Holly Brown might not be the most festive person when it comes to celebrating Christmas, but who can blame her when her husband, who taught her the love of the season, passed away eight years ago, just days before Christmas? Adding to her seasonal funk is the loss of her gran mere weeks ago, and Holly is in anything but the Christmas spirit. When asked to housesit in the wilds of the Lancashire moors, Holly jumps at the opportunity, looking for an escape from the holiday cheer and painful memories. However, we all know the best laid plans of mice and men, often go awry.
When Holly arrives at Jude Martland’s home, Old Place, in Little Mumming, she quickly discovers this will not be her typical housesitting job. The Martland family has always spent Christmas together at Old Place. They look forward to this as a child looks forward to presents on Christmas morning, but this year will be much different. With no regard for his family’s traditions and expectations, after reading the engagement announcement of his ex-fiancé to his brother in the newspaper, Jude Martland has selfishly taken off in a fit of pique, leaving his relatives to their own devices this Christmas.
When Jude unexpectedly arrives back home, his house is not at all as he has left it. Finding both welcomed guests and an unwelcomed ex-fiancé in his home, it appears the dark and broody Jude Martland is less than happy with how Holly has been taking care of his property. However, Holly has no qualms about putting this stubborn and selfish man in his place by making him aware of his neglected duties towards his relatives. With acerbic exchanges and masked glances, can these two make it through the twelve days of Christmas without acknowledging the undercurrent of something more?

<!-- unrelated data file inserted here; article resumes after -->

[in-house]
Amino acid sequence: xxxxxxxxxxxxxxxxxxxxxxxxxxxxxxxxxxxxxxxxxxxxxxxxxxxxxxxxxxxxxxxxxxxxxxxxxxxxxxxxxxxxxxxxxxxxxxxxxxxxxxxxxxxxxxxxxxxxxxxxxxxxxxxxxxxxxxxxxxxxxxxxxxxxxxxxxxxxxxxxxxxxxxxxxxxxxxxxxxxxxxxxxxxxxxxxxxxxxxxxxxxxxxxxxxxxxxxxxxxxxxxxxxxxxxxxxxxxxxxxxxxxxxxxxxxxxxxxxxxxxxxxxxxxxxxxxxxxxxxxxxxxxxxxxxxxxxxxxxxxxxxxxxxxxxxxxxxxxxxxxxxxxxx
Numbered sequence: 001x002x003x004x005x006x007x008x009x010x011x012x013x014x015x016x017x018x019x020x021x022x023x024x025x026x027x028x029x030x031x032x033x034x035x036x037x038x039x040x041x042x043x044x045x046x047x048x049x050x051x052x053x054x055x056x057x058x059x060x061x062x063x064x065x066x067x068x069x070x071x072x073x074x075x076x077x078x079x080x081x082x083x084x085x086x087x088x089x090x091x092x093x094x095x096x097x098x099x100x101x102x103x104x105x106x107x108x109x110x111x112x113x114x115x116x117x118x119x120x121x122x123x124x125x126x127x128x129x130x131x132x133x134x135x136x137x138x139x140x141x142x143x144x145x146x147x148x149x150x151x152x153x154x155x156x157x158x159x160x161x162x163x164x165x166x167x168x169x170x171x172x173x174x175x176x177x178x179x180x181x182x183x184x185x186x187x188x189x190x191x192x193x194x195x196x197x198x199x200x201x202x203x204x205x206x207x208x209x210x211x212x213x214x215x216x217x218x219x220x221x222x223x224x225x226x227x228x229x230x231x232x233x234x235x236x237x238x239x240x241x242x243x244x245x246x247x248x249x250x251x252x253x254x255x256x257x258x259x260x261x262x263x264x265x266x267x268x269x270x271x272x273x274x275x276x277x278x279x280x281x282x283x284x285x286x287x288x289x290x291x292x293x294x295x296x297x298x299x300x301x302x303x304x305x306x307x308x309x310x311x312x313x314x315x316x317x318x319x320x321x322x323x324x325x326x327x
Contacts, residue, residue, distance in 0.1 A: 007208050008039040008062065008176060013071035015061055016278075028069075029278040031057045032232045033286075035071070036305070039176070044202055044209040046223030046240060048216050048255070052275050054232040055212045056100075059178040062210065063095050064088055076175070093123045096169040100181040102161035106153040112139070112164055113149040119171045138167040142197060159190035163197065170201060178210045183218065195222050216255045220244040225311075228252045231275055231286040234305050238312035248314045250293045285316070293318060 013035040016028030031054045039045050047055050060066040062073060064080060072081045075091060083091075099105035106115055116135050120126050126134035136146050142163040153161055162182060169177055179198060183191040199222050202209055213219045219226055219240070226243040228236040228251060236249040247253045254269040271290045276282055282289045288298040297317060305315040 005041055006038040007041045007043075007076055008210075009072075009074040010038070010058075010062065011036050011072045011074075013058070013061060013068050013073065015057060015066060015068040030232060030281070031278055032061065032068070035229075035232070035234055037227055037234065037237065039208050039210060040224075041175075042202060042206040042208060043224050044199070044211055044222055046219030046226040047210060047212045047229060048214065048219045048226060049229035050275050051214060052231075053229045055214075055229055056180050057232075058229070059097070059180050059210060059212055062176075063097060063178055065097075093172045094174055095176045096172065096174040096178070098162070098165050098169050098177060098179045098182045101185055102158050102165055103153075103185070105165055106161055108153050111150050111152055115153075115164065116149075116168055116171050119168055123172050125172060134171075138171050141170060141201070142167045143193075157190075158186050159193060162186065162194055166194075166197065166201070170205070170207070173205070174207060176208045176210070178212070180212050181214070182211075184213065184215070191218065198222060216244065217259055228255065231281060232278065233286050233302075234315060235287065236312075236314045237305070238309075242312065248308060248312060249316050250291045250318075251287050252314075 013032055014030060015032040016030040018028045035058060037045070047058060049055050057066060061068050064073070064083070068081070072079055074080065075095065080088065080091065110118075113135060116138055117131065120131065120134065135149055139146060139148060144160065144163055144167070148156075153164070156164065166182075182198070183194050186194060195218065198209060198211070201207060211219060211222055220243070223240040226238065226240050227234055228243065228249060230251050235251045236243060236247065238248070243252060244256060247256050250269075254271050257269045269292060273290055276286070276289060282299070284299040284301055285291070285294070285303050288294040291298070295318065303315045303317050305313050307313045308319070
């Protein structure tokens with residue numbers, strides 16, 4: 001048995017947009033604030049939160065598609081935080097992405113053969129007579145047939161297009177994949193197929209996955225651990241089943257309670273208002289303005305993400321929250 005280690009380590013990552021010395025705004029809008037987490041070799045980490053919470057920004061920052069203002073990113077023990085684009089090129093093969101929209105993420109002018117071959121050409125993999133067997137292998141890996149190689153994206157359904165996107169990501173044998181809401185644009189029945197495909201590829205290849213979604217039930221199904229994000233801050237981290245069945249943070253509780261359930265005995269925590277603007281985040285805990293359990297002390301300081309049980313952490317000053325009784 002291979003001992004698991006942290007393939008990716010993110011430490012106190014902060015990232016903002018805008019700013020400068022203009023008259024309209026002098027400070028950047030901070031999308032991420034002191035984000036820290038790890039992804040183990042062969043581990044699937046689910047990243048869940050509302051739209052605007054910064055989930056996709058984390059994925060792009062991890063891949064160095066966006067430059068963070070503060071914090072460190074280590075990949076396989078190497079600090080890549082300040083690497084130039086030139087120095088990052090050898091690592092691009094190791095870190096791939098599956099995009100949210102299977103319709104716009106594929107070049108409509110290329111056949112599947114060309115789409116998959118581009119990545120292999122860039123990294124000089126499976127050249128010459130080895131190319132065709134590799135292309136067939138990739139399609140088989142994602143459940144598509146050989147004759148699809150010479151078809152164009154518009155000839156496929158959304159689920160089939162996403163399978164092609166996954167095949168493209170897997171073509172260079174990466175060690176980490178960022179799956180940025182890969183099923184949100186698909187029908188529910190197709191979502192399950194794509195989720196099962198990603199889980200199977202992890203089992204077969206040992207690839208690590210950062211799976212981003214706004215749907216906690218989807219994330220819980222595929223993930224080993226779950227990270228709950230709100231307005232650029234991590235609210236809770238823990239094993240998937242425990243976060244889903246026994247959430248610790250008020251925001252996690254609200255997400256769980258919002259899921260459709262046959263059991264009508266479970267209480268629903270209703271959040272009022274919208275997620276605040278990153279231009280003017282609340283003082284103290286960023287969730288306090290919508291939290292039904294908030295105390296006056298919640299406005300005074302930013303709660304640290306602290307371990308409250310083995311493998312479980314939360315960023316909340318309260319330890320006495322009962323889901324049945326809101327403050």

Ashley begins each chapter with snippets from Holly’s gran’s journals. It is through these excerpts that Holly learns a shocking secret from her gran’s past that could change her future. Jude believes Holly is not at all who she appears to be, but what will happen to their love-hate relationship once he discovers her true identity?
My only complaint about this story is that the author tends to repeat herself. I quickly became annoyed that I was provided with the same facts, questions, and dialog multiple times. One example happens on page 230. While talking with the Martlands, Holly comments, “I hope they’re going to be all right and Coco doesn’t do anything stupid.” A mere 6 pages later the reader finds Holly saying the same thing, “I hope Coco doesn’t do anything silly.” It was repetition like this that frustrated me. Even though this was a point of contention for me, that is not to say that other readers might not notice or be bothered by it.
The familial banter that takes place between the Martlands, Holly and a few other guests, had me feeling as if I were there, as part of the family. Twelve Days of Christmas is a delightful read that has the feeling of a Hallmark Christmas movie. Snuggle up with an oversized mug of hot cocoa and a cozy blanket as Ashley’s writing will have you snowed in amongst the pastoral countryside of Lancaster.